How to Multiply With Decimal Points

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Multiplying with decimal points is the same as any other multiplication problem, as long as the amount of decimal points for each number is noted. Move the decimal left for the number of decimals in a multiplication equation with help from a math teacher in this free video on using decimals in math.

Part of the Video Series: Fractions & Proportions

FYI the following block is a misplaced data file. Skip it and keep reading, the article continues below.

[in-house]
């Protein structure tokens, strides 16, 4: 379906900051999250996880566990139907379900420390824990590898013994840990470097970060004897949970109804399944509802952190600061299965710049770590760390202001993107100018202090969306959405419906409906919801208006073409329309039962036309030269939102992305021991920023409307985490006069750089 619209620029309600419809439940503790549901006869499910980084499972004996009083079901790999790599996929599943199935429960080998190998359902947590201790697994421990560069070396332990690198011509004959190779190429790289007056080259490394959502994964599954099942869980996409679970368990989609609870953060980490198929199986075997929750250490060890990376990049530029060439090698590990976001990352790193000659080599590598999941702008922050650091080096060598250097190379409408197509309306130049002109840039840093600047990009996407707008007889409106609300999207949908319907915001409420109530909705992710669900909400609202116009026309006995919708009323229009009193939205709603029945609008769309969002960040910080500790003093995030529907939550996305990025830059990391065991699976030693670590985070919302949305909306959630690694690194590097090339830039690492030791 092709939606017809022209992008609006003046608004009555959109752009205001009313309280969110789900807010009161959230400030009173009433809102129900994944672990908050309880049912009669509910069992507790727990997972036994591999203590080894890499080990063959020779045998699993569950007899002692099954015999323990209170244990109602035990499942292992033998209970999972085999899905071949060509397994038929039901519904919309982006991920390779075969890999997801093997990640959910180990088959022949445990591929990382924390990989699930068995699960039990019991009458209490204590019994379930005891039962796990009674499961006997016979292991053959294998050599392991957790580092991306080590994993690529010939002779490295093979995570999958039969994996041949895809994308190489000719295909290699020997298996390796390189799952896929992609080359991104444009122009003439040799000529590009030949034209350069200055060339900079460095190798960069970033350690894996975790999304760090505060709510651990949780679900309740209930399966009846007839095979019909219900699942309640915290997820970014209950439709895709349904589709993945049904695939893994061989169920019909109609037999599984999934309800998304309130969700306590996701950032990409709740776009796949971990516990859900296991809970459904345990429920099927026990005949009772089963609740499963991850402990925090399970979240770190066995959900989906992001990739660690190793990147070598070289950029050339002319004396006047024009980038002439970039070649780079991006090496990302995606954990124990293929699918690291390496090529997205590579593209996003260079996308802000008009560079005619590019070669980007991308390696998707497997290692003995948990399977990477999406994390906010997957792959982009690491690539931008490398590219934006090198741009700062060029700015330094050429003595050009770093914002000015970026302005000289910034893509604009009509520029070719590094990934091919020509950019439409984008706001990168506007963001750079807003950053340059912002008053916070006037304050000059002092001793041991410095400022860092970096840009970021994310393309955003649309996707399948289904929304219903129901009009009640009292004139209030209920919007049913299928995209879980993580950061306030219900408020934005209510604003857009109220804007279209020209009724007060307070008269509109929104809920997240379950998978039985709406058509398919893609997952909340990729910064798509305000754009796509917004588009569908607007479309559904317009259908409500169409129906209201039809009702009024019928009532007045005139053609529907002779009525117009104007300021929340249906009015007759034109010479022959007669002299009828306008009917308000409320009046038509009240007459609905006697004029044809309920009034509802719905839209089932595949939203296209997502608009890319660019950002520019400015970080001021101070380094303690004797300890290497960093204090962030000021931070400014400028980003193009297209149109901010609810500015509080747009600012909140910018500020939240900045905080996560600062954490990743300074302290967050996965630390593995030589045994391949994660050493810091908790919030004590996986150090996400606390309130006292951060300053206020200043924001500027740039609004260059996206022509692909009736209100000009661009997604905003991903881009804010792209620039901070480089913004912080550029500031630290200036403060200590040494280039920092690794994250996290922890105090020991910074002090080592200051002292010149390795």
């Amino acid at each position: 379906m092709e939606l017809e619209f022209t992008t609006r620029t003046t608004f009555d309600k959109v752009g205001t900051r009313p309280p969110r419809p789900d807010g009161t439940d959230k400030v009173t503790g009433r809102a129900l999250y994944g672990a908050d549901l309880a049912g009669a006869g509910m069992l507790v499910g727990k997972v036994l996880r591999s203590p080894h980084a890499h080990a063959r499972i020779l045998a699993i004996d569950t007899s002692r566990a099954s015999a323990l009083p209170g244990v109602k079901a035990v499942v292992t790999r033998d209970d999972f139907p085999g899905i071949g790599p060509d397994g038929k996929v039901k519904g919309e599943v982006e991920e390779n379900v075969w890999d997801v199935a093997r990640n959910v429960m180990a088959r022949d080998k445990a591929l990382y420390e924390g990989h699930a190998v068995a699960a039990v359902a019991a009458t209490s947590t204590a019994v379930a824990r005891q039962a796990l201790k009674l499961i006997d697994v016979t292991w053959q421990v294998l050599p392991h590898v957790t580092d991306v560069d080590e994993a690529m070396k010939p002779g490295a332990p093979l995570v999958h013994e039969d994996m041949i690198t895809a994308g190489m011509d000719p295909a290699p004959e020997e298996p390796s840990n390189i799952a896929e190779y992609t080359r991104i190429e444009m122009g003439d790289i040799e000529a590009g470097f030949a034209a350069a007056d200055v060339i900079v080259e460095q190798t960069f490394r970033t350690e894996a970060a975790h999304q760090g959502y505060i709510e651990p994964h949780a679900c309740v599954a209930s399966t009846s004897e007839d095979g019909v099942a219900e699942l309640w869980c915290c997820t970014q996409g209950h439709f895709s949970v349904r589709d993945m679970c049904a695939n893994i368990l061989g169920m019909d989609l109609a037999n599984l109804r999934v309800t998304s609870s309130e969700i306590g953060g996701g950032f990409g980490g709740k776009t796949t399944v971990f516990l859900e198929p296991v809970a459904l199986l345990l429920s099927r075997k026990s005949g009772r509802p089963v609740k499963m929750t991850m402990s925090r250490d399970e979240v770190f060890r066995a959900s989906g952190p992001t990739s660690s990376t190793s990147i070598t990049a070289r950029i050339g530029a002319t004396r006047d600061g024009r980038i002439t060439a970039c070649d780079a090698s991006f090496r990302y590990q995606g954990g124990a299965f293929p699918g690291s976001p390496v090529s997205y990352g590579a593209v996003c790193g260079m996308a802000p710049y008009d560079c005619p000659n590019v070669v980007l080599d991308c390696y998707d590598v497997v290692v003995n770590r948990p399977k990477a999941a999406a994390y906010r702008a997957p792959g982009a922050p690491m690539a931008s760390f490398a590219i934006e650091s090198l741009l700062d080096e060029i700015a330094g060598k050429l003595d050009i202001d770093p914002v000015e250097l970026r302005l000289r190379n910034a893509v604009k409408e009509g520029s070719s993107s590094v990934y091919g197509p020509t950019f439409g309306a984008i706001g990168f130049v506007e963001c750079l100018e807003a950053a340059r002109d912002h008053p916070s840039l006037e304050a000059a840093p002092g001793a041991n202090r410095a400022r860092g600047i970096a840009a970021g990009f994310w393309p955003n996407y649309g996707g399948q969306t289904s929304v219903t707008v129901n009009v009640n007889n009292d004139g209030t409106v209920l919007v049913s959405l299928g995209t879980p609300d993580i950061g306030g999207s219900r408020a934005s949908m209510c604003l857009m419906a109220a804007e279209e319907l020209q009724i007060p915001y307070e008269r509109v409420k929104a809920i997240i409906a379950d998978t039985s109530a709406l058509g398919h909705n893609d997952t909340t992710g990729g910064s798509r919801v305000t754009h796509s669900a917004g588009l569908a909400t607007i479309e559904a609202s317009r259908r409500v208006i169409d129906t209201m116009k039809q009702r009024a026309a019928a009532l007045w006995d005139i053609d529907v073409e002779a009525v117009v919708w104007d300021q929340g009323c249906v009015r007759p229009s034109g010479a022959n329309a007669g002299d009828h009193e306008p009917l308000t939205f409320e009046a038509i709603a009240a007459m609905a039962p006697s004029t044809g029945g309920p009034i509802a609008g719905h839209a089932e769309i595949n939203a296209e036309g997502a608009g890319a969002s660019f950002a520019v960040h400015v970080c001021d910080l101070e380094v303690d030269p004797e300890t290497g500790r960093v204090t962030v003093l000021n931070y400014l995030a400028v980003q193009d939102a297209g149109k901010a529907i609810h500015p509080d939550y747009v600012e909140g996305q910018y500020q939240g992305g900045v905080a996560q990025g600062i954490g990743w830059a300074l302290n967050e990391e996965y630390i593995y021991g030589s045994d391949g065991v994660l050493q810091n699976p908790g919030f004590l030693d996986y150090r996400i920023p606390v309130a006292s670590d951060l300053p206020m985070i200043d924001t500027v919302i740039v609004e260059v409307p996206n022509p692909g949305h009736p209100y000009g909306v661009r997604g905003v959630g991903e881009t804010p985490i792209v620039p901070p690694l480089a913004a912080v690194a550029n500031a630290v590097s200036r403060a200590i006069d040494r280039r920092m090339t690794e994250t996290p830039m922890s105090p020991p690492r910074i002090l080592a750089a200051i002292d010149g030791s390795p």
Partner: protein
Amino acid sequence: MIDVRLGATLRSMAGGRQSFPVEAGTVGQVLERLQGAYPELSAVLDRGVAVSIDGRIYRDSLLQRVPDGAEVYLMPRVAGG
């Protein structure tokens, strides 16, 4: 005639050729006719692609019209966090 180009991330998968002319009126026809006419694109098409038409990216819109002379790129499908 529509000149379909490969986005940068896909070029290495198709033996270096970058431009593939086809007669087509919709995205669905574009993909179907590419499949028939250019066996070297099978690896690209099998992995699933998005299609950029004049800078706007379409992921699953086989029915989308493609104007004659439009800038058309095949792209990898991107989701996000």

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So, how does one multiply with decimal points? Hi. I'm Jimmy and I've been teaching college math for nine years now. And when you multiply with decimal points, it's actually your run of the mill multiplication problem. There's one condition you have to think about and that's how many decimal points each number has, but you're actually going to get to that until the very end. But until then, it's actually your standard multiplication problem. So, here's a basic example for you. Suppose you wanted to multiply 5.2 by .31. Now, unlike addition or subtraction, where you have to line up the decimals exactly, with multiplication, you don't worry about that. Because .31 has two numbers, you just put it where, if you don't have to line them up, as long as the 1 is with the 2 and the 3 is with the 5. You'll worry about the decimal points later. So here is where the multiplication starts. Just like you would at the 1, multiply with the two numbers up top. So, 1 times 2 is 2. 1 times 5 is 5. Don't worry about the decimals until the very end. For the second line, remember that when you get to the next line, always put a zero or leave it blank. It's up to you. And then, 3 times 2 is 6. And then 3 times 5 is 15, where you put the 15 right over here. And, as you know, with the standard multiplication, you just add all the lines that you have here. And again, just add normally. 2 and 0 is two. 5 and 6 is 11. Carry the 1. 1 and 5 is 6. And then, the 1 is there, so you have a total of 1,6,1 and 2. Now, here's where you have to take into account the decimal points. The top number is to the one decimal place. The bottom number is a two decimal point number. So, what you have to do is to figure out exactly where your decimal lies, just count the total number of decimal places. One, two, three. So, from here, just move the decimal left the number of places. One, two, three. And they end up there. So, that means 1.612 is actually what you get when you take 5.2 times .31. So, I'm Jimmy, and that's an example as to how you multiply with decimal points.

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